On July 12, the Oregon Health Authority (OHA), which oversees Oregon’s Medical Marijuana Program (OMMP), issued a report on the “administrative shortcomings” that are hampering the OMMP’s mission. According a press release, OHA’s director, Patrick Allen, “requested the study in response to changing demands on OMMP in the wake of voter approval of legalized recreational marijuana sales.” Oregon legalized recreational marijuana in 2014 and medical marijuana in 1998.

Allen said: “We are taking steps to maintain the integrity of Oregon’s medical marijuana program and make sure medical products reach the patients who need them. The actions we’re taking include better tracking of growers, better enforcement, and making sure product that fails testing has been destroyed.”

The report makes clear that the OMMP is overwhelmed. Reporting and tracking of growers? According to Allen, “monthly compliance has been historically low, ranging between 26 percent and 42 percent during 2017.” The OMMP is also not keeping up on grow sites, as it “lacks reliable, independent tools to validate grow site addresses.” This has frustrated law enforcement efforts to separate legal grows from illegal ones. According to the OMMP, there are more than 20,000 grow sites in Oregon, but only 58 were inspected. The “OMMP does not have sufficient staff to conduct the number of inspections that would deter grower non-compliance.” Finally, at the other end of the supply chain, the OMMP does not have a sufficient system for verifying that noncompliant products are destroyed.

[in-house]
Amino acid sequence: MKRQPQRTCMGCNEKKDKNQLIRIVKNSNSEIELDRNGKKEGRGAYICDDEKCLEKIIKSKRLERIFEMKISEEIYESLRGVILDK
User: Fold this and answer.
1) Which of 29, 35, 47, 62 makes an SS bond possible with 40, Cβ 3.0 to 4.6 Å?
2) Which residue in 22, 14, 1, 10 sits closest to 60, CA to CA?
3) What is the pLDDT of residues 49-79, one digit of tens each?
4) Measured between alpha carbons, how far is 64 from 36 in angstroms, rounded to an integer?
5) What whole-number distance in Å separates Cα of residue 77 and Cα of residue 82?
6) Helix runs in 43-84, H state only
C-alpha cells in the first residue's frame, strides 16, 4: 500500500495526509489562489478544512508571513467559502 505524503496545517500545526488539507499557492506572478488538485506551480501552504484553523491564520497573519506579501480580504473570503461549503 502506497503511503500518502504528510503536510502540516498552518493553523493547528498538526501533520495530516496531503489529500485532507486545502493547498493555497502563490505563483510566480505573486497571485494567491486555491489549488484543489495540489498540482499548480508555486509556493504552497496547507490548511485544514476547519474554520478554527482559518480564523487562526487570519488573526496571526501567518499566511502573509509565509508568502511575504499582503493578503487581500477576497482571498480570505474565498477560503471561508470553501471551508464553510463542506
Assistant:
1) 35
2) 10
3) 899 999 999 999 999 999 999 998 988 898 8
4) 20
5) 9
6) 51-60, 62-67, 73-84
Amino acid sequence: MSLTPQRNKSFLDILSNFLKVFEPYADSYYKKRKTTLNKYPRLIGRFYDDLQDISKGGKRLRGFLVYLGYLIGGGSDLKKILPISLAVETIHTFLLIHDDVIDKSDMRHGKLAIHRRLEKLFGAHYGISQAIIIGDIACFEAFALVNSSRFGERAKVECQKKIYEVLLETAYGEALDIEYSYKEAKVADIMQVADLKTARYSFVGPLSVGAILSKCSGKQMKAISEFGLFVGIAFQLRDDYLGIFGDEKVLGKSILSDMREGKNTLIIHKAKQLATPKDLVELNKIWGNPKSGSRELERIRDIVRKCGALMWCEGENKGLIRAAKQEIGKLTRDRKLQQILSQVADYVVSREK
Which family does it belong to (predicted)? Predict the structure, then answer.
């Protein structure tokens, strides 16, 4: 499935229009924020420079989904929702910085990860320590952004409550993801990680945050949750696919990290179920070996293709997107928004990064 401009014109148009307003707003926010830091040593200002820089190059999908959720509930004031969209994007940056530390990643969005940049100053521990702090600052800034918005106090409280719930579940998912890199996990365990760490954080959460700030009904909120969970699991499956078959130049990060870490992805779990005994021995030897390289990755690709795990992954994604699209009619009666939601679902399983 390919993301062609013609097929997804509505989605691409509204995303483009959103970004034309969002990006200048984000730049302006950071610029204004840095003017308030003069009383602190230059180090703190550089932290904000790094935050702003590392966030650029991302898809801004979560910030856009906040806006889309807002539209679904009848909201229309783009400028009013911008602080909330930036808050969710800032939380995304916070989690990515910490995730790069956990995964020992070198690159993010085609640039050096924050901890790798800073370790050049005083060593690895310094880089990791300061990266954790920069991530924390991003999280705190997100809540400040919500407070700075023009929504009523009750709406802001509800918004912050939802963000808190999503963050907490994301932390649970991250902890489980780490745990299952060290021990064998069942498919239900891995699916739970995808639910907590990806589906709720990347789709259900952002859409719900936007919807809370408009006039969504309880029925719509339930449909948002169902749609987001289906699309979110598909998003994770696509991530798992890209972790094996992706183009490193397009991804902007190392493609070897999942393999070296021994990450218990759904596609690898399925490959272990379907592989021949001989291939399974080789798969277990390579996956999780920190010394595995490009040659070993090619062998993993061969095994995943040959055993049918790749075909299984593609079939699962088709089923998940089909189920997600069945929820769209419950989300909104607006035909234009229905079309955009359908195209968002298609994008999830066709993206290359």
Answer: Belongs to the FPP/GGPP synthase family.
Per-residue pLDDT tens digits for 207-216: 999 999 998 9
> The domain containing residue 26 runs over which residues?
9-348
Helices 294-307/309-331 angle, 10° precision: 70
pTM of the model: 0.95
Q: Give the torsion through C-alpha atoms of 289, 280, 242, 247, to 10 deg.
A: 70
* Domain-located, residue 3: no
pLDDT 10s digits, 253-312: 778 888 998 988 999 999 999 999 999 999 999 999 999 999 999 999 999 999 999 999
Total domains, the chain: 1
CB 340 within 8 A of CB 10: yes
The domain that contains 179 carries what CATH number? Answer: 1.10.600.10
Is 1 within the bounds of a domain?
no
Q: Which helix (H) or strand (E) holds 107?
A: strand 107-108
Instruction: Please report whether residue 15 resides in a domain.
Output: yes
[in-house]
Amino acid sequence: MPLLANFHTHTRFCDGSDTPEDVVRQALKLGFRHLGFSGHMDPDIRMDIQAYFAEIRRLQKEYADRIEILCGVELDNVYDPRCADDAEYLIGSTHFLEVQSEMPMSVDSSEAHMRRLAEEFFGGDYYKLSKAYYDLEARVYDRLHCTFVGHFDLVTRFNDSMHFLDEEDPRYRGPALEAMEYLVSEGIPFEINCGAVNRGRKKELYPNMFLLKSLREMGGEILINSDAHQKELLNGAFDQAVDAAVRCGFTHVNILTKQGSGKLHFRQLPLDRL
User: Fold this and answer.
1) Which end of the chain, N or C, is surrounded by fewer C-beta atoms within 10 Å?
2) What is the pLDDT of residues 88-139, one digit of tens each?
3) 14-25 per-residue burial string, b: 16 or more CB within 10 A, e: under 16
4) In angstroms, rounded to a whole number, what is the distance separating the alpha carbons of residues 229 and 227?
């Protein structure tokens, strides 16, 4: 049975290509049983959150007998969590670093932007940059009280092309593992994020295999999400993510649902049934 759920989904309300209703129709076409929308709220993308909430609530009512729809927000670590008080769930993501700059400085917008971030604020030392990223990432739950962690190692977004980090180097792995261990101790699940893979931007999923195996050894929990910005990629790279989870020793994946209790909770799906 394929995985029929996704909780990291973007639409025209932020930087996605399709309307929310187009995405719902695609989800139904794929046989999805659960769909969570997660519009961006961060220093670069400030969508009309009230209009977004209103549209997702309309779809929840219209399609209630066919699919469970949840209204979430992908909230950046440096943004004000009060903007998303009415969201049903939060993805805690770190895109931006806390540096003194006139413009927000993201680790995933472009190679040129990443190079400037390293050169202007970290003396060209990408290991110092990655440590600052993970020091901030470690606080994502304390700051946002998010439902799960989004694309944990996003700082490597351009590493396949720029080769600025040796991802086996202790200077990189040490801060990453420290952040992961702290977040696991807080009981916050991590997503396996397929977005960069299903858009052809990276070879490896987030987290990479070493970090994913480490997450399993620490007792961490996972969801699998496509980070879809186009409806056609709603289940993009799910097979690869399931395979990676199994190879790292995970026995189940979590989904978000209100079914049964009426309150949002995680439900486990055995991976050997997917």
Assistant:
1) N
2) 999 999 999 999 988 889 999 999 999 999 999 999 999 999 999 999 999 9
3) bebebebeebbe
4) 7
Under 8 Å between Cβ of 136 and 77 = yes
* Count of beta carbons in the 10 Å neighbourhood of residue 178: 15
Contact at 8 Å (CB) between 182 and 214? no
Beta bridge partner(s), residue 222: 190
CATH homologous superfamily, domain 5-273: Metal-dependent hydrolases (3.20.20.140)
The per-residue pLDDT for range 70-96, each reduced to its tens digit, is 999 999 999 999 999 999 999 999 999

Although the report is unsparing of its assessment of an agency that does not have the capacity to regulate Oregon’s recreational market, the study also “acknowledges that OMMP successfully established and administered a program that provides more than 40,000 patients dependable access to medical cannabis.” Given the rapid pace of change in the marijuana market, it should not be surprising that regulatory agencies are struggling to catch up. The release cites “Chronic underfunding and understaffing has affected OMMP’s ability to meet the demands of robust regulation, particularly in the years immediately following the legalization of recreational sales in Oregon.”

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In a cover letter to the report, Allen writes: “Rapid changes in the wake of legal recreational sales brought an influx of growers and dispensaries into the market and under OMMP regulation, which put new strains on OMMP’s administrative and oversight capacity. OMMP struggled to respond to local law enforcement requests to verify grower addresses and navigate statutory restrictions on the information it could share. Statutory restrictions on information-sharing with law enforcement and OMMP’s lack of resources and procedures to keep up with grow site address verifications and inspections risk undermine the integrity of the medical marijuana program and create the potential for marijuana product to be diverted from patients and into illegal sales.”  

The report may be read as an administration’s cry for help, essentially by admitting that it does not have the capacity to fulfill its mission. While such a cry may be familiar among bureaucrats, the frankness of this report makes it seem likely that the OMMP truly does need some more support to do its job properly. The state government of Oregon, however, may be slow to respond, given that the budget is estimated to be $1.7 billion in the red.

What do you think? Will the OMMP be able to hire some more inspectors? Leave a comment below.

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